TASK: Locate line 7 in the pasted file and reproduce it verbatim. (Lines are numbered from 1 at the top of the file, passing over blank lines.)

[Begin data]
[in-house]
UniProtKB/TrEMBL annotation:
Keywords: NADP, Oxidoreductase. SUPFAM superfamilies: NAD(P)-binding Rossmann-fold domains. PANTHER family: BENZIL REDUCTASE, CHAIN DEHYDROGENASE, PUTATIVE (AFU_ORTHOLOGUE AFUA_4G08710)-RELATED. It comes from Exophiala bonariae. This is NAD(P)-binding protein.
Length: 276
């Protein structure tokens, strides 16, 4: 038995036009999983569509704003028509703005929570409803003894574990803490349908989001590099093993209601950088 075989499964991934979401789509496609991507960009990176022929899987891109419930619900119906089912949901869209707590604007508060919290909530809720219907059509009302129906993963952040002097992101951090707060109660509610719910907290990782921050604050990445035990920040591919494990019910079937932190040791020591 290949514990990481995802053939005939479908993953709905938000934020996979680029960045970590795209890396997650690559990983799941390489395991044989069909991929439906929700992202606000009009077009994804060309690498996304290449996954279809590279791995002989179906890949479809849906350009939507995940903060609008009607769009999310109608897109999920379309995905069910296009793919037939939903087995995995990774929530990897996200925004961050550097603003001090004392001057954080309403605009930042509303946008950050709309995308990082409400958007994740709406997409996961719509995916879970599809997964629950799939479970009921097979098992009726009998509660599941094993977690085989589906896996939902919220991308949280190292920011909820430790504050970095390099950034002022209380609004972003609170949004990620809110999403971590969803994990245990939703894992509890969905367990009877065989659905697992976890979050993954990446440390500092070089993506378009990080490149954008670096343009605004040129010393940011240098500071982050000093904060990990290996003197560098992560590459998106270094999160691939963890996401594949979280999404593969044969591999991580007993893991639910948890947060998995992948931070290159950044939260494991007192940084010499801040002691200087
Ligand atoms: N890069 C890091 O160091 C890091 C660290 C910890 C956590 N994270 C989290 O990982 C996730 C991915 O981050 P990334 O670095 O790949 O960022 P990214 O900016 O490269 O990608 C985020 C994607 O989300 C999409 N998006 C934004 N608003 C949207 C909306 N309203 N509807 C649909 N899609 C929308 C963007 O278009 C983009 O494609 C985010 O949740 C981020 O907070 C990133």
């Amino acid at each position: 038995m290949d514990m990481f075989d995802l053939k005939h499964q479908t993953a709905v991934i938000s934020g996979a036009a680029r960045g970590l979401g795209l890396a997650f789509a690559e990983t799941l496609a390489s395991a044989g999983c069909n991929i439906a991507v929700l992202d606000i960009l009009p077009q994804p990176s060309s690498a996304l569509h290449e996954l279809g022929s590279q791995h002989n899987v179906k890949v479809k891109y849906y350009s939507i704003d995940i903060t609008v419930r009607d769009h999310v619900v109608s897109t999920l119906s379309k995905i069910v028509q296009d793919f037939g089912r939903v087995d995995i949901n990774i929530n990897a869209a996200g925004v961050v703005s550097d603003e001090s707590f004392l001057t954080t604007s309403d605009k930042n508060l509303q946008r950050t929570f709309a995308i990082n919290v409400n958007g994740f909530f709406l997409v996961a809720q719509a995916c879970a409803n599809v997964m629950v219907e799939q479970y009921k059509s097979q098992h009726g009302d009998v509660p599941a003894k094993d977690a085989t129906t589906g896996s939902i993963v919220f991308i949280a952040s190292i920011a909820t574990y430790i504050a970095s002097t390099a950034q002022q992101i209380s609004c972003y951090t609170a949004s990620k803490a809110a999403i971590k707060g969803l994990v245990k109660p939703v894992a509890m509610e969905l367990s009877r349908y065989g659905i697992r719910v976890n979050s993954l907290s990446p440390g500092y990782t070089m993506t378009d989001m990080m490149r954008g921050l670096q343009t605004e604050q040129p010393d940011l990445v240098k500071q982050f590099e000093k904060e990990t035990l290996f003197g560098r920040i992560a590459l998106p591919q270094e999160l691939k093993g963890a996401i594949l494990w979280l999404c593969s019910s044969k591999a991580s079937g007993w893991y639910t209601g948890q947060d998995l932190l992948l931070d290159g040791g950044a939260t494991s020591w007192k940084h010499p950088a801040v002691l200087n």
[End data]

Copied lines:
């Amino acid at each position: 038995m290949d514990m990481f075989d995802l053939k005939h499964q479908t993953a709905v991934i938000s934020g996979a036009a680029r960045g970590l979401g795209l890396a997650f789509a690559e990983t799941l496609a390489s395991a044989g999983c069909n991929i439906a991507v929700l992202d606000i960009l009009p077009q994804p990176s060309s690498a996304l569509h290449e996954l279809g022929s590279q791995h002989n899987v179906k890949v479809k891109y849906y350009s939507i704003d995940i903060t609008v419930r009607d769009h999310v619900v109608s897109t999920l119906s379309k995905i069910v028509q296009d793919f037939g089912r939903v087995d995995i949901n990774i929530n990897a869209a996200g925004v961050v703005s550097d603003e001090s707590f004392l001057t954080t604007s309403d605009k930042n508060l509303q946008r950050t929570f709309a995308i990082n919290v409400n958007g994740f909530f709406l997409v996961a809720q719509a995916c879970a409803n599809v997964m629950v219907e799939q479970y009921k059509s097979q098992h009726g009302d009998v509660p599941a003894k094993d977690a085989t129906t589906g896996s939902i993963v919220f991308i949280a952040s190292i920011a909820t574990y430790i504050a970095s002097t390099a950034q002022q992101i209380s609004c972003y951090t609170a949004s990620k803490a809110a999403i971590k707060g969803l994990v245990k109660p939703v894992a509890m509610e969905l367990s009877r349908y065989g659905i697992r719910v976890n979050s993954l907290s990446p440390g500092y990782t070089m993506t378009d989001m990080m490149r954008g921050l670096q343009t605004e604050q040129p010393d940011l990445v240098k500071q982050f590099e000093k904060e990990t035990l290996f003197g560098r920040i992560a590459l998106p591919q270094e999160l691939k093993g963890a996401i594949l494990w979280l999404c593969s019910s044969k591999a991580s079937g007993w893991y639910t209601g948890q947060d998995l932190l992948l931070d290159g040791g950044a939260t494991s020591w007192k940084h010499p950088a801040v002691l200087n």